Of course there's been rough times, specifically in 1986 when the original CHALLENGER exploded a little over a minute after it launched and in 2003 when COLUMBIA disintegrated upon re-entry. I remember sitting on the floor of my Grandma's living room watching the news report, even though at 6 years old, I was still too young to completely understand what happened. It was probably worse for my parents who were in Florida at Disney World and saw the debris falling from the sky as they got off the Pirates of the Caribbean ride.

But still, even with those accidents, and the inherent danger that came with launching a crewed flight to space, the space program has been huge part of this generation. Unfortunately, now that's over.

One of my favorite writers, Warren Ellis, a man who probably spends way more time than he should reading about space, technology and the future chimed in about it on his blog the other day.

And unfortunately, he's 100% right about everything he said.

Still, sad to see it go.

Tuesday, July 12, 2011


Way, way late to the party on this one, but I quit watching music videos years ago. So, I have to thank my man J. Colby Smith for showing this to me. Really dig it.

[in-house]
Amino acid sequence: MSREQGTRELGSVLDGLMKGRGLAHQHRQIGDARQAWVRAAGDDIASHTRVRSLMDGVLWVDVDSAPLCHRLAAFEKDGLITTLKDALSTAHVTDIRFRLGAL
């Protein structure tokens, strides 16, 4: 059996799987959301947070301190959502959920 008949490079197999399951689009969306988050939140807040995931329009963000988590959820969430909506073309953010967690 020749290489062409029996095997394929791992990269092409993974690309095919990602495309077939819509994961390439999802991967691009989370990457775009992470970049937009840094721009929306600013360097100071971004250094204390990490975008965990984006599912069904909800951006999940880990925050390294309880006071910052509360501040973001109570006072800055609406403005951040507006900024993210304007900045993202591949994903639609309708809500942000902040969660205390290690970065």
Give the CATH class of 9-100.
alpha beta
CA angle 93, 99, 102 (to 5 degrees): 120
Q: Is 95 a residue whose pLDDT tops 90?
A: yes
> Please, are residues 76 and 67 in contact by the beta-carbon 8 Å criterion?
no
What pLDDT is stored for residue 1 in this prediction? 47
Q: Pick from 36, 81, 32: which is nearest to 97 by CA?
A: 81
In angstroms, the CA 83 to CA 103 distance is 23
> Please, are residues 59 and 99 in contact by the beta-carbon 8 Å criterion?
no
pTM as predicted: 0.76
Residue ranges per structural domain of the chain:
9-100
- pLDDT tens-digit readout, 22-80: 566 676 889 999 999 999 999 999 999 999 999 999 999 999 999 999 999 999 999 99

Tuesday, July 5, 2011


THE HANGOVER is on HBO and is playing quietly in the background while I'm writing this. When I saw it for the first time, I had no idea what to expect. The trailer made it seem pretty funny and worthy of my eight bucks. I got exactly what I wanted out of it and now it's one of those movies that I'll click on for background noise while I'm on the computer. It's not a great movie, but it does what it was intended to do. You just can't think about it too much.

That said, I wasn't excited to see the sequel at all. What worked best about the original is that it came out of nowhere—no hype and no expectations to live up to. That wouldn't be the case this time around.

After it was released and critics were bashing it left and right, I was kind of set to defend it a little bit. The director, Todd Phillips, only knows how to make one movie. If you look at his oeuvre—actually, I take that back. Let's say 'body of work' instead. Oeuvre should be saved for people with talent.

If you look at his body of work, every film he's directed has basically had the same premise, the same set of characters and the same beats. ROAD TRIP, STARSKY AND HUTCH, OLD SCHOOL, SCHOOL FOR SCOUNDRELS, DUE DATE are essentially the same. They've got funny moments, but those funny moments are largely due to the talent he's able to assemble. So I was all set to go with that and use that as a basis for an argument about how people were being a little too hard on the sequel.